I’ve seen lots of discussion of this, much of it confused and/or confusing. So, I want to offer a very simple explanation of Piketty’s point. I’m aware that this may seem glaringly obvious to some readers, and remain opaque to others, but I hope there is a group in between who will benefit.

Suppose that you are a debtor, facing an interest rate r, and that your income grows at a rate g. Initially, think about the case when r=g. For concreteness, suppose you initially owe $400, your annual income is $100 and r=g is 5 per cent. So, your debt to income ratio is 4. Now suppose that your consumption expenditure (that is, expenditure excluding interest and principal repayments) is exactly equal to your income, so you don’t repay any principal and the debt compounds. Then, at the end of the year, you owe $420 (the initial debt + interest) and your income has risen to $105. The debt/income ratio is still 4. It’s easy to see that this will work regardless of the numerical values, provided r=g. To sum it up in words: when the growth rate and the interest rate are equal, and income equals consumption expenditure, the ratio of debt to income will remain stable.

On the other hand, if r>g, the ratio of debt to income can only be kept stable if you consume less than you earn. And conversely if r < g (for example in a situation of unanticipated inflation or booming growth), the debt-income ratio falls automatically provided you don’t consume in excess of your income.

Now think of an economy divided into two groups: capital owners and everyone else (both wage-earners and governments). The debt owed by everyone else is the wealth of the capital owners. If r>g, and if capital owners provide the net savings to allow everyone else to balance income and consumption, then the ratio of the capital stock to (non-capital) income must rise. My reading of Piketty is that, as we shift from the C20 situation of r <= g to one in which r>g the ratio of capital to stock to non-capital income is likely to rise form 4 (the value that used to be considered as one of the constants of 20th century economics) to 6 (the value he estimates for the 19th century)

This in turn means that the ratio of capital income to non-capital income must rise, both because the capital stock is getting bigger in relative terms and because the rate of return, r, has increased as we move from r=g to r>g. For example if the capital-income ratio goes from 4 to 6 and r goes from 2 to 5, then capital incomes goes from 8 per cent of non-capital income to 30 per cent[^1]. This can only stop if the stock of physical capital becomes so large as to bring r and g back into line (there’s a big dispute about whether and how this will happen, which I’ll leave for another time), or if non-capital owners begin to consume below their income.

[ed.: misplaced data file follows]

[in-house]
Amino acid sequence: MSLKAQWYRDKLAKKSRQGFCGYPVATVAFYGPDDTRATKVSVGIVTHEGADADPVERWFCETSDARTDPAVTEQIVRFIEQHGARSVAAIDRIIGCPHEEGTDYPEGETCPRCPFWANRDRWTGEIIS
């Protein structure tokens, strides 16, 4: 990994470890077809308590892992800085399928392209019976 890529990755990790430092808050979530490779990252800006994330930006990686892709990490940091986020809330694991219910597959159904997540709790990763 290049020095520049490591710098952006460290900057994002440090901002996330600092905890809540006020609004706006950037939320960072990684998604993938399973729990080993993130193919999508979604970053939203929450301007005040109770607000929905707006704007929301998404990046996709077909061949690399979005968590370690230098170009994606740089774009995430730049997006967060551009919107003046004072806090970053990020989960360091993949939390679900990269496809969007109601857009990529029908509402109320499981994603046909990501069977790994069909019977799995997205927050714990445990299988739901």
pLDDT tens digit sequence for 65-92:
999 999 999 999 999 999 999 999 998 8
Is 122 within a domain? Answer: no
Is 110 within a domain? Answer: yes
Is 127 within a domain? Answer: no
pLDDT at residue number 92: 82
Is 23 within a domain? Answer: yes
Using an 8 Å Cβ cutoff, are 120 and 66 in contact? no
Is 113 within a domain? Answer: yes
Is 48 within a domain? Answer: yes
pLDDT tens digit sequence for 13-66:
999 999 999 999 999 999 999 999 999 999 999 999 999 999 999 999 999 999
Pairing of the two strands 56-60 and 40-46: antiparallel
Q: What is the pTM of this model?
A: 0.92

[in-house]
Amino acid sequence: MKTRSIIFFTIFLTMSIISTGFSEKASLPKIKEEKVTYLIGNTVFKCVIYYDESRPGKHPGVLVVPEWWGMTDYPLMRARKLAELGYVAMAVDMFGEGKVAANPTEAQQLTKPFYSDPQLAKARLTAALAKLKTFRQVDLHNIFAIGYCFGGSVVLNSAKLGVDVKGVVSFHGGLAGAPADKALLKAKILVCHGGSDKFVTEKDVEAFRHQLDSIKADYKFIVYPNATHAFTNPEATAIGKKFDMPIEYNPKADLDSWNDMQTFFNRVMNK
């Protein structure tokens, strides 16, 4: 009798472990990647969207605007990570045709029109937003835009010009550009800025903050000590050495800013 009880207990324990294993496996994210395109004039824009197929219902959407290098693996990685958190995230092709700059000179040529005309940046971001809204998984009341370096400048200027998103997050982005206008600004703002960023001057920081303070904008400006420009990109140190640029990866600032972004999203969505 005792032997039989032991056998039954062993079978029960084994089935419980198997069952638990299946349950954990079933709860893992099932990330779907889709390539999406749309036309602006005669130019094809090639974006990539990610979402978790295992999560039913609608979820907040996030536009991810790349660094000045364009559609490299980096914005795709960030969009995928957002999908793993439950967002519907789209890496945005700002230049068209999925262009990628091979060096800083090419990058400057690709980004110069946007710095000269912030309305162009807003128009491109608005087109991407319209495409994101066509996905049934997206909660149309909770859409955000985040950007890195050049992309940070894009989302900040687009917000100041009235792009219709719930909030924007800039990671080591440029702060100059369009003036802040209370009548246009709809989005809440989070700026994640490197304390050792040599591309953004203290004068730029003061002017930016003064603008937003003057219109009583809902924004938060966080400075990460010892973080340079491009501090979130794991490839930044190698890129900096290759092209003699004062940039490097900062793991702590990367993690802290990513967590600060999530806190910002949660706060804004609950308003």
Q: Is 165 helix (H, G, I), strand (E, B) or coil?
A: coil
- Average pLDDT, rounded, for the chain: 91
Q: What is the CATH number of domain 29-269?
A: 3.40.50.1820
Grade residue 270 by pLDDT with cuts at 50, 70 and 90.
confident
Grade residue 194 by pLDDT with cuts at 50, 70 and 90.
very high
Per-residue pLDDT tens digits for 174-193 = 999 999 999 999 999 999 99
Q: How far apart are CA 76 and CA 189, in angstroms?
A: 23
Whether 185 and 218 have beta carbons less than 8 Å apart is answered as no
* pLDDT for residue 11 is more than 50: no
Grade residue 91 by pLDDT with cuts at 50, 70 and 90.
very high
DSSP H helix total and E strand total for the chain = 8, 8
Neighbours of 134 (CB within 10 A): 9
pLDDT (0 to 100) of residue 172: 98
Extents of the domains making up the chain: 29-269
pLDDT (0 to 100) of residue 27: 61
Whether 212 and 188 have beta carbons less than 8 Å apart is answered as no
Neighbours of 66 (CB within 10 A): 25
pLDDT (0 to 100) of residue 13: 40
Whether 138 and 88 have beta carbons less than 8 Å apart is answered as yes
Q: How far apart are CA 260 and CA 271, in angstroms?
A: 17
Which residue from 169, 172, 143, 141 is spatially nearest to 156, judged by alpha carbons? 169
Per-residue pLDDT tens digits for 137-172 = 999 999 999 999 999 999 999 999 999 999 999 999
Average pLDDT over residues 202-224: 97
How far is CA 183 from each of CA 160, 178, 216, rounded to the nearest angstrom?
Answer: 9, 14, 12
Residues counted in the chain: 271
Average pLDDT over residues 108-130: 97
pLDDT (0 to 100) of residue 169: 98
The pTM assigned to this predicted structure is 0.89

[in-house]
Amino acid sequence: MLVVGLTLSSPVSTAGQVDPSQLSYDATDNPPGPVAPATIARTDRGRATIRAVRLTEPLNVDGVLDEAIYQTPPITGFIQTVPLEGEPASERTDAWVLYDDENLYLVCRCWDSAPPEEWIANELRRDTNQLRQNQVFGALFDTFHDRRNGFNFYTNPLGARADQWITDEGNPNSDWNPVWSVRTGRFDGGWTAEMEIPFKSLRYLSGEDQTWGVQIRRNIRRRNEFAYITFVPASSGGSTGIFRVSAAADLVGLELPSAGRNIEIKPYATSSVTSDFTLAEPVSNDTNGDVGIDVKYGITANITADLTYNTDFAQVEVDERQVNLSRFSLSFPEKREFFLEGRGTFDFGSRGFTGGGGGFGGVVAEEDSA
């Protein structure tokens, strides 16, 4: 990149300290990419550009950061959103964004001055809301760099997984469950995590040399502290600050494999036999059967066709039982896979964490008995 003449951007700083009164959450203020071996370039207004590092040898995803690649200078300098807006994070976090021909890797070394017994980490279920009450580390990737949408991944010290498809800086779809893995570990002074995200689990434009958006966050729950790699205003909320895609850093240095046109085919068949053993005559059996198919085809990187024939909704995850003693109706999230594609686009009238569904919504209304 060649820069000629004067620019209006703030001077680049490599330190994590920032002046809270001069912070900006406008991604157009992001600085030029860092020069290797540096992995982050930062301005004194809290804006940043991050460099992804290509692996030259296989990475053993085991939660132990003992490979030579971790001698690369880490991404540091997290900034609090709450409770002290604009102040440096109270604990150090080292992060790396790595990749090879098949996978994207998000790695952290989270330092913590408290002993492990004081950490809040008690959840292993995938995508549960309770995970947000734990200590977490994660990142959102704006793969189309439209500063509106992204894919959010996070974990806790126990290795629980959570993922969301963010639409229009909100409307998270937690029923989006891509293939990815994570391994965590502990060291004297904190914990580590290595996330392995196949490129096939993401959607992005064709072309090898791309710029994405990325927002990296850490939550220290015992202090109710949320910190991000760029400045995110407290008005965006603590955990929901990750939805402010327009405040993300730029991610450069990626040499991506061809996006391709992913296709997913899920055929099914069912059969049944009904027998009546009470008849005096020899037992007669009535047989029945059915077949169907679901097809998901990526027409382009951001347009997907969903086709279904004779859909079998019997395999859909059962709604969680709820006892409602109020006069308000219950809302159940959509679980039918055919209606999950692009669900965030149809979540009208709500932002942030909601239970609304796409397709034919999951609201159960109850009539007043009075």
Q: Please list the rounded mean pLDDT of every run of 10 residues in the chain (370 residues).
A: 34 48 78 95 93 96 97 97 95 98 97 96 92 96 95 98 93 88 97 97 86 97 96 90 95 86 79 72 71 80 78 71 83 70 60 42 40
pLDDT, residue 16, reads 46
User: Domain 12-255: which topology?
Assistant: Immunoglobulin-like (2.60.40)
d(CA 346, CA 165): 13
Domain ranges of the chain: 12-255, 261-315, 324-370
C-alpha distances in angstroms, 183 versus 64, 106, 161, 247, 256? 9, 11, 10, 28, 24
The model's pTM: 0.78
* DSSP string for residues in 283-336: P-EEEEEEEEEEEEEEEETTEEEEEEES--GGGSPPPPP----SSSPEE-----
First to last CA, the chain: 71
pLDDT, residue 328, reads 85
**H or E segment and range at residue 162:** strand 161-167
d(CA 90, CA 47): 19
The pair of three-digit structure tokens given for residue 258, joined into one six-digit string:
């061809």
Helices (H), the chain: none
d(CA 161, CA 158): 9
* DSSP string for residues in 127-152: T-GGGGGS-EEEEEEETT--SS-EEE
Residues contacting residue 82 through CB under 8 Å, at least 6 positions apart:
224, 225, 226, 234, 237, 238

There’s a lot more to Piketty than this, and a lot more to argue about, but I hope this is helpful to at least some readers.

[^1]: Around 20 per cent of GDP is depreciation, indirect taxes and other things that don’t figure in a labor-capital split, so this translates into a fall in the labor share of all income from a bit over 70 per cent to around 50 per cent, which looks like happening.

Categories: Economics - General Tags:

A simple route to climate disaster

October 12th, 2014 251 comments

I’ve mentioned quite a few times the spurious calculations offered by Ted Trainer of the Simplicity Institute, purporting to prove that renewable energy can’t sustain a modern lifestyle. But I haven’t looked hard at the other side of the coin; the idea that ‘degrowth’ could provide us with a sustainable, low-tech but still comfortable way of living, based on local self-sufficiency.

Samuel Alexander, also of the Simplicity Institute, has a piece in the Conversation, making this claim. Presumably, unlike energy technology, this is an area where the Institute ought to have some special expertise. Sadly, this does not appear to be the case.